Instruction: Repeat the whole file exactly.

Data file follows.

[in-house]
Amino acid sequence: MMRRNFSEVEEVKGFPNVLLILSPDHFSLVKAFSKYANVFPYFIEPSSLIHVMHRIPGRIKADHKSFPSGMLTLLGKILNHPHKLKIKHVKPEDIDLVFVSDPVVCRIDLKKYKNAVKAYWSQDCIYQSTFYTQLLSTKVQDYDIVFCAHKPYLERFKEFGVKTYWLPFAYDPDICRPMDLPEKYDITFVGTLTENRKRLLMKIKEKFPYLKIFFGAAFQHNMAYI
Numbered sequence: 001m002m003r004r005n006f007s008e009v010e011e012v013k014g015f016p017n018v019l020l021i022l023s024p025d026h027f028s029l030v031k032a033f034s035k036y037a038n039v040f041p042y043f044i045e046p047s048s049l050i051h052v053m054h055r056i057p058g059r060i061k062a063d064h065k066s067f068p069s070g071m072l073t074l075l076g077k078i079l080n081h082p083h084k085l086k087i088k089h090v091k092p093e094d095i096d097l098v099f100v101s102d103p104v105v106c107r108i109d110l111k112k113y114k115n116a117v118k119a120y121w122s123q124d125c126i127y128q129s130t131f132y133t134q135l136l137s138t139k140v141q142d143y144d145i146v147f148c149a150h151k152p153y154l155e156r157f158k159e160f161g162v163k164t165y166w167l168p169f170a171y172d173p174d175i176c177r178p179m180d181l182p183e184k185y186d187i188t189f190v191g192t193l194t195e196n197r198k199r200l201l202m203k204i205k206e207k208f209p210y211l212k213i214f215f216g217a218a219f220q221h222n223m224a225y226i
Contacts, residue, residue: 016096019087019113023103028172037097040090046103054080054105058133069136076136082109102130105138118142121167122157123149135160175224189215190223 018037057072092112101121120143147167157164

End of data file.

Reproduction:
[in-house]
Amino acid sequence: MMRRNFSEVEEVKGFPNVLLILSPDHFSLVKAFSKYANVFPYFIEPSSLIHVMHRIPGRIKADHKSFPSGMLTLLGKILNHPHKLKIKHVKPEDIDLVFVSDPVVCRIDLKKYKNAVKAYWSQDCIYQSTFYTQLLSTKVQDYDIVFCAHKPYLERFKEFGVKTYWLPFAYDPDICRPMDLPEKYDITFVGTLTENRKRLLMKIKEKFPYLKIFFGAAFQHNMAYI
Numbered sequence: 001m002m003r004r005n006f007s008e009v010e011e012v013k014g015f016p017n018v019l020l021i022l023s024p025d026h027f028s029l030v031k032a033f034s035k036y037a038n039v040f041p042y043f044i045e046p047s048s049l050i051h052v053m054h055r056i057p058g059r060i061k062a063d064h065k066s067f068p069s070g071m072l073t074l075l076g077k078i079l080n081h082p083h084k085l086k087i088k089h090v091k092p093e094d095i096d097l098v099f100v101s102d103p104v105v106c107r108i109d110l111k112k113y114k115n116a117v118k119a120y121w122s123q124d125c126i127y128q129s130t131f132y133t134q135l136l137s138t139k140v141q142d143y144d145i146v147f148c149a150h151k152p153y154l155e156r157f158k159e160f161g162v163k164t165y166w167l168p169f170a171y172d173p174d175i176c177r178p179m180d181l182p183e184k185y186d187i188t189f190v191g192t193l194t195e196n197r198k199r200l201l202m203k204i205k206e207k208f209p210y211l212k213i214f215f216g217a218a219f220q221h222n223m224a225y226i
Contacts, residue, residue: 016096019087019113023103028172037097040090046103054080054105058133069136076136082109102130105138118142121167122157123149135160175224189215190223 018037057072092112101121120143147167157164